Let the world rejoice! As of January 20, 2021, Joe Biden is the new occupant of the White House. Donald Trump was a mere aberration in American political culture and the world can exhale now that Biden’s presidency ushers in a period of healing and reform … right? Unfortunately, this is not the case.
Don’t get me wrong, I myself felt a great sense of relief upon Biden’s victory, but we cannot deceive ourselves into thinking Trump was an aberration and that those who voted him in are merely racist and should be dismissed as individual actors rather than products of our society and culture.
Though the conspiracy QAnon does not encapsulate the entirety of the Trumpist movement, QAnon speaks loudly to the sociocultural malaise that created them — an erosion of truth and discourse.
Well, you may ask, what exactly is QAnon? Like many contemporary political movements, QAnon is decentralized to the extreme and has no identifiable centre other than ‘Q’: a purported government official with ‘Q Clearance’ that claims to uncover government corruption and immorality, which often takes the form of a pedophilic sex trafficking ring in Washington, D.C. and Hollywood. However, even the continuity in the Q identity is so disputed that such a centre is shaky at best.
Though it is impossible to recount every claim associated with the movement, the discourse generated fits wholly within what Mark Andrejevic characterizes as the ‘postmodern right’ and conspiracy theory.
Specifically, Andrejevic characterizes the ‘postmodern right’ as a reactionary strategy to proliferate multiple and conflicting discourses to create chaos and shroud the truth on which progressive political action is founded. Conspiracy theories are then defined not merely as claims about conspiracy, but pathological conspiratorial claims that are unverifiable and are often, among other things, attributed to a nefarious outside ‘other.’ For instance, a popular Trump-related conspiracy theory asserts that Barack Obama is an Islamic socialist sent from Kenya to destabilize an otherwise stable political order in the US.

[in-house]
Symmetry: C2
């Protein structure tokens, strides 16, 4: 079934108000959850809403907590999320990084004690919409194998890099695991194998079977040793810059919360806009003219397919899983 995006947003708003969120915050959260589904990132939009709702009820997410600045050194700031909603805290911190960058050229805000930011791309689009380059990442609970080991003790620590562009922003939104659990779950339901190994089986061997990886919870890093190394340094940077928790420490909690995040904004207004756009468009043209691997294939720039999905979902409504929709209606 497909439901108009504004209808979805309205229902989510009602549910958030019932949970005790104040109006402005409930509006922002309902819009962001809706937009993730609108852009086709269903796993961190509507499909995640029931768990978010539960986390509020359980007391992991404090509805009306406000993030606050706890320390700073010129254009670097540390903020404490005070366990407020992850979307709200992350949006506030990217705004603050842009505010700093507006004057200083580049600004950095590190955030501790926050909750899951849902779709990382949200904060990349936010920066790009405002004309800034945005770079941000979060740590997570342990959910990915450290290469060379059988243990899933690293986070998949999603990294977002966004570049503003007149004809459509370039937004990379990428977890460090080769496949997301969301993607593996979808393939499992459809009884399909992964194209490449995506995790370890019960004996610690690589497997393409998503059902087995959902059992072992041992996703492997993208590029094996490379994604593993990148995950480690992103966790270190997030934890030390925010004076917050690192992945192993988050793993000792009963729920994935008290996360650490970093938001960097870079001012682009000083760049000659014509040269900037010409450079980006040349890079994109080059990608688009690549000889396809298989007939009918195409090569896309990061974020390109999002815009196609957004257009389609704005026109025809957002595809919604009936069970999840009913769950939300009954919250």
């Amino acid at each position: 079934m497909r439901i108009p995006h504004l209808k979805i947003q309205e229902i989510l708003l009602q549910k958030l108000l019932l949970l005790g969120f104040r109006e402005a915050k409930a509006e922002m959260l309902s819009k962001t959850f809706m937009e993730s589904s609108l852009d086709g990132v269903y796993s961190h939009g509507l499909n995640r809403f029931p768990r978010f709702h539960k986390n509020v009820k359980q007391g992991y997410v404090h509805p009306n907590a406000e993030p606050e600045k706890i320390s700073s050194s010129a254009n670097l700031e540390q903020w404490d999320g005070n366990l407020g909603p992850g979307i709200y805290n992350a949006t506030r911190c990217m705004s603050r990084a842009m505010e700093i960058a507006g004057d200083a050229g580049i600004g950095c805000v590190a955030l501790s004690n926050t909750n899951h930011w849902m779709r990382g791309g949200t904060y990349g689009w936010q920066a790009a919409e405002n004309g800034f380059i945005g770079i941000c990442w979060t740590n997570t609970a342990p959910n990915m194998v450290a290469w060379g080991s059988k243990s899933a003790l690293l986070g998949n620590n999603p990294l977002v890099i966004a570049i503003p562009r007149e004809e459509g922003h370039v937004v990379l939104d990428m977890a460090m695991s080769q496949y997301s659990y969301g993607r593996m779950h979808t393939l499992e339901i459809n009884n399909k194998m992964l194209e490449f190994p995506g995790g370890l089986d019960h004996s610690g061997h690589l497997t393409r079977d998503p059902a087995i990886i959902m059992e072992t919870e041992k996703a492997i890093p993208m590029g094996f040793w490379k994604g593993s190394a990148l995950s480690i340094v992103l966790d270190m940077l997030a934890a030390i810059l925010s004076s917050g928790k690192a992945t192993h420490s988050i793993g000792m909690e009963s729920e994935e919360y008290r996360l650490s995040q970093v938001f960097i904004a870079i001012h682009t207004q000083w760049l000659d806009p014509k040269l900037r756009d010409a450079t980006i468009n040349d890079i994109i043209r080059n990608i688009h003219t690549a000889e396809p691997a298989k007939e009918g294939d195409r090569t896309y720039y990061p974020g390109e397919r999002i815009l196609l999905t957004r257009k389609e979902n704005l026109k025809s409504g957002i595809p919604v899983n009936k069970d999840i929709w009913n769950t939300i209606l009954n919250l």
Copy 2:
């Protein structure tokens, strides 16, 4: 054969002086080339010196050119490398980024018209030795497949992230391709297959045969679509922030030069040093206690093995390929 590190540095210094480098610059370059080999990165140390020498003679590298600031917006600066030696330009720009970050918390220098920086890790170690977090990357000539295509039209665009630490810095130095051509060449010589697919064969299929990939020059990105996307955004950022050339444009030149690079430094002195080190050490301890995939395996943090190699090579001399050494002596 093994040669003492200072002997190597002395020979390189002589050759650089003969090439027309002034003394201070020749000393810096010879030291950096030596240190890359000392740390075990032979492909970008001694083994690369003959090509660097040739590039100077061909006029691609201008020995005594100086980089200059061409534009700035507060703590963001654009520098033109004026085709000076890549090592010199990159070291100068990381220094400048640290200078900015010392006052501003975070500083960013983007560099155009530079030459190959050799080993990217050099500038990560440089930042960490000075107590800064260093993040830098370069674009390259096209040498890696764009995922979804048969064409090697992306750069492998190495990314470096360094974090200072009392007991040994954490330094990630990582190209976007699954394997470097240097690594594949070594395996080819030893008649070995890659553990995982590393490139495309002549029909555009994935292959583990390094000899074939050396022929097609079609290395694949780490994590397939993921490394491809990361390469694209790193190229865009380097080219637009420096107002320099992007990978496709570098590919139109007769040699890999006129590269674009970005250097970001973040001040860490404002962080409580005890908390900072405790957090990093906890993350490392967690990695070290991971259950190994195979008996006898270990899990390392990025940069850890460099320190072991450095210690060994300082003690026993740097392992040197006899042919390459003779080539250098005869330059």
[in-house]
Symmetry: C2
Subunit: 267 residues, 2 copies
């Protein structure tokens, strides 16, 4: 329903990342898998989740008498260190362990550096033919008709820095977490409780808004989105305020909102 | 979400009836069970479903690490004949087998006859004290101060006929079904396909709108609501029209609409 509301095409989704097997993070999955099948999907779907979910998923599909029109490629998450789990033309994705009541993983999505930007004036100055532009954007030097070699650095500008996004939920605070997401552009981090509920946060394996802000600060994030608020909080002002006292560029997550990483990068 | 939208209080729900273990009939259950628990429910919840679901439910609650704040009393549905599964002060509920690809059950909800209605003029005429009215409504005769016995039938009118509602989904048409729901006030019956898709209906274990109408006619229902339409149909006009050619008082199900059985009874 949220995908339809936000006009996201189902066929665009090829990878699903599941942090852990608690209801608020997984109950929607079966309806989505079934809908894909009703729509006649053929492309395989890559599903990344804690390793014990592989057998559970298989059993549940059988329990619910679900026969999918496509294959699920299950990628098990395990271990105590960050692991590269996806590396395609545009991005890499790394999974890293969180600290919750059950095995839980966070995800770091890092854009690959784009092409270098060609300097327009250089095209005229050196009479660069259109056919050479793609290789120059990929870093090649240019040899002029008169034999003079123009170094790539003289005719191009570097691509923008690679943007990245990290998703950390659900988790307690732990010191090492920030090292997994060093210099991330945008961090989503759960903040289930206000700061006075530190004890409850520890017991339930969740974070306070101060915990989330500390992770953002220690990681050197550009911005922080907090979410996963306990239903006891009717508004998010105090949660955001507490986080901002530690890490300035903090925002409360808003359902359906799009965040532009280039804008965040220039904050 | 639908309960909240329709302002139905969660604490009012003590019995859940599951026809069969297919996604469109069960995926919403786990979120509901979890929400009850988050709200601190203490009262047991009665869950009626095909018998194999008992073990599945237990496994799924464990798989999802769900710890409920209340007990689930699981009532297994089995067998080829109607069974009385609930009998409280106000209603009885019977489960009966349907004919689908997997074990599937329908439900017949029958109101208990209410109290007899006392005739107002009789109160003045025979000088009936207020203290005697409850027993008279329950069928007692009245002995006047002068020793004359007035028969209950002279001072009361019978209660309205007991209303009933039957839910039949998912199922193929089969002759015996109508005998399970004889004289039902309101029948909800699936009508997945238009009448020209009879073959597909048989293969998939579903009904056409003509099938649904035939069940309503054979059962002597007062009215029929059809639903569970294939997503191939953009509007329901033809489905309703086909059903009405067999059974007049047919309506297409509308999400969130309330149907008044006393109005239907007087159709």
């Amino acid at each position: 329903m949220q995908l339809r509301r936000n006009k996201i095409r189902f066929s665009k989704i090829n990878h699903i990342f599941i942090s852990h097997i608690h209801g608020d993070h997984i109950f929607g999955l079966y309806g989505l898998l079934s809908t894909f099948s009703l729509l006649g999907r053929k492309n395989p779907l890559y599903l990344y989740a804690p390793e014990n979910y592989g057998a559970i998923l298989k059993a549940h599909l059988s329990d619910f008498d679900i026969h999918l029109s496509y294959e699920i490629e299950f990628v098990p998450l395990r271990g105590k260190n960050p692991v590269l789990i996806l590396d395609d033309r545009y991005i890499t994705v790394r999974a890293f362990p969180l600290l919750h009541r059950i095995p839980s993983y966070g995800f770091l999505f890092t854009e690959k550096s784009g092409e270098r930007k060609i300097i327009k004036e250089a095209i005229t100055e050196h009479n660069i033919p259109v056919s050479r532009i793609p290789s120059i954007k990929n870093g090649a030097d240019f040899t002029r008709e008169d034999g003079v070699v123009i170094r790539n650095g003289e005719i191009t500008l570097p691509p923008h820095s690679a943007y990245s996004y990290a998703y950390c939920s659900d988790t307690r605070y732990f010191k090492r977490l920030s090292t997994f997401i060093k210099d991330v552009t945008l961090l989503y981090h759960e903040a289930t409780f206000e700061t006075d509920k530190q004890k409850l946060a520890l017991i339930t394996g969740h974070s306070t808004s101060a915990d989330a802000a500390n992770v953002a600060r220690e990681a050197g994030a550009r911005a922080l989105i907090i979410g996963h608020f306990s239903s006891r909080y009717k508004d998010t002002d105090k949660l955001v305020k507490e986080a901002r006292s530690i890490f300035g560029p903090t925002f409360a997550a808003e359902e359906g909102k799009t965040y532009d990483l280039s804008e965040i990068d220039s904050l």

Conspiracy theory is not a new phenomenon, so why does this now indicate sociocultural malaise?
Simply, it is the fact that phenomena like QAnon have moved into the political mainstream. In the space created by postmodern conservatism and the information overload associated with the age of the internet, political movements that capitalize on the chaos resulting from the fall of truth have been able to multiply. One only needs to look at the insurrection attack on the Capitol last month to understand the extent to which these movements have grown.
Where the political right has been bolstered by this, the left has been paralyzed. Logically, it follows that any chaos that destabilizes notions of truth and rationality proves to be detrimental to the ability to make sense of political space and take action.
The solution, as I see it, is not an easy one. Liberal democracy prides itself on free and open discourse, but is it possible that such an absolute adherence to that principle has enabled Trump and QAnon?
Now, don’t worry, I am by no means advocating for the state to restrict freedom of speech. What I do advocate for is that we as people, regardless of political stripe, stand firm against those that seek to create chaos and that we refuse to be drawn into the discursive hellscape that obscures truth and paralyzes action.
While these movements contributed to the election of Trump, the implicit approval that came from the White House in the following four years only bolstered and legitimized these practices. It is not enough to merely wish them away or passively dismiss them as we once did.
And, Canadians, if you think that this is a purely American phenomenon, look at social media — or even some mainstream media, for that matter. Look at Alberta’s so-called energy information ‘war room.’ We are not immune to movements undercutting truth and nor should we be complacent.